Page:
Well-known environmental scientist and television presenter Josh Byrne is expanding into the commercial buildings sector with the appointment of former Norman Disney & Young’s Mark Taylor to his Fremantle, Western Australia based consultancy.
Mr Taylor’s new role will be as manager – built form sustainability.
He was previously leader of the sustainability group for NDY and has also been a renewable energy consultant with the USAID/DAI Private Sector Development Program and Sungrid Ltd.
Mr Byrne, who was MC for our Surround Sound for Perth and WA late last year, covered in Greening the West Part 2, was in Sydney for the International Water Association conference. He told the The Fifth Estate by phone that the move was part of the company’s progression in a more “regenerative” approach that could work with the interests of commercial clients.
“As you know my interest in urban sustainability is much broader than just landscape and water,” he said. “My personal interest from early in my research career was always to focus on the interface between built form landscape and urban water.
“It’s time to take the next step to bring in in-house expertise to enable this.”
Mr Byrne said the team had been stead at around the 6-8 mark in staff numbers but in the past 18 months it had grown.
Among current work was a large regional “place-based project” with the City of Kwinana, south of Perth. Another was with LandCorp at White Gum Valley, an urban infill project at Fremantle.
There was also an emerging string of work in the eastern states. This included an exemplar schools project at Deer Park in Melbourne’s west that included improved shading, rain gardens, a productive garden and constructed wetlands.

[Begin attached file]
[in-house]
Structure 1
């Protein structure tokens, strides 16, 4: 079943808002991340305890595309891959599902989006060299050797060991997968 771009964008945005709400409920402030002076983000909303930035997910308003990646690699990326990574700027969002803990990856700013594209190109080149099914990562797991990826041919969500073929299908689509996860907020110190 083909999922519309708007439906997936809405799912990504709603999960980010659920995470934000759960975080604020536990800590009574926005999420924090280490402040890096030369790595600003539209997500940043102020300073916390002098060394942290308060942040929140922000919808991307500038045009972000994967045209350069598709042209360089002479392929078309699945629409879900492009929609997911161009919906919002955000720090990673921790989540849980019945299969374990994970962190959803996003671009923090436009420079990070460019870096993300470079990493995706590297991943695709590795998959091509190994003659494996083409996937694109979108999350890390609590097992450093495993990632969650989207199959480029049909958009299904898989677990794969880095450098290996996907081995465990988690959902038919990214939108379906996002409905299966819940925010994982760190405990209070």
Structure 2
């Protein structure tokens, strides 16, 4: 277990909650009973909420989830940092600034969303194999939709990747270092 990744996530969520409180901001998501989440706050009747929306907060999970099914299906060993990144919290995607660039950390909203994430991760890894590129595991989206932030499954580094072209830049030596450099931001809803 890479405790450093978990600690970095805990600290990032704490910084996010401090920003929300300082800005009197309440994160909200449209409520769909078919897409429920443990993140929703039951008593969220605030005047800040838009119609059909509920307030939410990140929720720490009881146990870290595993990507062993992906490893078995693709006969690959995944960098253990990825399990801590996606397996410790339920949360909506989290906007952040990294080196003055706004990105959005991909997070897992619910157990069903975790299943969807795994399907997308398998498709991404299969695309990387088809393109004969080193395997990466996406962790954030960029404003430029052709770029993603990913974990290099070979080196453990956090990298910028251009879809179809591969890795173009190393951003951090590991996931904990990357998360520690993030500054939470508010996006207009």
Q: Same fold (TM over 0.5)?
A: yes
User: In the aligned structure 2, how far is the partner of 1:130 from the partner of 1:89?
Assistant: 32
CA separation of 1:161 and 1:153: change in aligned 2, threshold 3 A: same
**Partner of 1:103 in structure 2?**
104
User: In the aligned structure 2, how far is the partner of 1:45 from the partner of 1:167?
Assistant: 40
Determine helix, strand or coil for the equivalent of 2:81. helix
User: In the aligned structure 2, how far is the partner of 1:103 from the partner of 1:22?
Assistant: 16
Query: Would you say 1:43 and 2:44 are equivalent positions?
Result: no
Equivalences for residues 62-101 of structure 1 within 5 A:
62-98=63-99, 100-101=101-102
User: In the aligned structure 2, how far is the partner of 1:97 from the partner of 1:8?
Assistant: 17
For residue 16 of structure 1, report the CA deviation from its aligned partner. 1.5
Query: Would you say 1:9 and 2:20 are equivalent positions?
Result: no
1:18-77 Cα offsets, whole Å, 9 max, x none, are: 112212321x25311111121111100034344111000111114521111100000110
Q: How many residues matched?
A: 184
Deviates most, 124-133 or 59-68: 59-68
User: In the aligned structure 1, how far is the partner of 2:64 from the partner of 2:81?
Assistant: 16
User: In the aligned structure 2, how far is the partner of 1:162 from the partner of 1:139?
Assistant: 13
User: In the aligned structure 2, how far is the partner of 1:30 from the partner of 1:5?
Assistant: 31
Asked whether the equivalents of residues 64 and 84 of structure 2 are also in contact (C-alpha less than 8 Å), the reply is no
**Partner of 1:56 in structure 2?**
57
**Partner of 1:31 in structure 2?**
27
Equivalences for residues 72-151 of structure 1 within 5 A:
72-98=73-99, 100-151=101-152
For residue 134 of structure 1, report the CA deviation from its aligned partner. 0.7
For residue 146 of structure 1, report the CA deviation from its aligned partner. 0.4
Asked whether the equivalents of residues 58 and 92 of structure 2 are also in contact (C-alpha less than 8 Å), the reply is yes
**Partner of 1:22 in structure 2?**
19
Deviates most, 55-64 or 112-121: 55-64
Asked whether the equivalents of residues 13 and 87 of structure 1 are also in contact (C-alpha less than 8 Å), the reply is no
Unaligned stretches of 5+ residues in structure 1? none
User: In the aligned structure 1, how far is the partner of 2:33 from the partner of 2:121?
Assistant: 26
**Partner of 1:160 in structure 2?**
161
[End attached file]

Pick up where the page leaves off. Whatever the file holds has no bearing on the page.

The project will include documenting all resources, written in “everyday speech”, and making these along with all plans available for school learning experiences in both Victoria and the rest of the country.
Another project involved working with the Victorian Department of Housing and the Moreland Energy Foundation to provide housing guidelines and a housing “typology” to address heat stress in north-west Victoria.
In Brisbane JBA was working on a series of park rejuvenation projects, including with the City of Moreton Bay, which recently came in for national attention when former Queensland government minister Jeff Seeney ordered the local council to ignore sea level rises in its planning guidelines.
Mr Byrne said the furore followed a highly regarded flood mitigation study by BMT WBM.
Mr Taylor said in an emailed statement that he was “proud of the work that my group was doing at NDY”, however his interest in the work of JBA had been growing, particularly its “courageous” attitude to design and better environmental outcomes.
Key to his work would be a systems-based approach to sites.
His background includes experience with One Planet Living certification and the Living Building Challenge.
“There is a pioneering sense in WA that energises the building industry here and can be harnessed to show how well development can be done when a project team has a clear direction and the confidence to innovate,” he said.
On the mood around sustainability, Mr Taylor told The Fifth Estate it was a time of challenges yet there were people who were looking to “push the envelope a little bit because of their passion on sustainability”.
However, in a lot of areas sustainability has become “quite embedded” and in some ways had become “more of a compliance process”.
JBA’s work has concentrated on projects such as water harvesting in residential estates, parks and schools in ways that integrated with the surrounding built environment and the community, Mr Taylor said.
“They take the approach to water and the built environment of integrating it as a whole with the surrounding area.
“It’s also about how they encourage clients and developers to be more courageous.”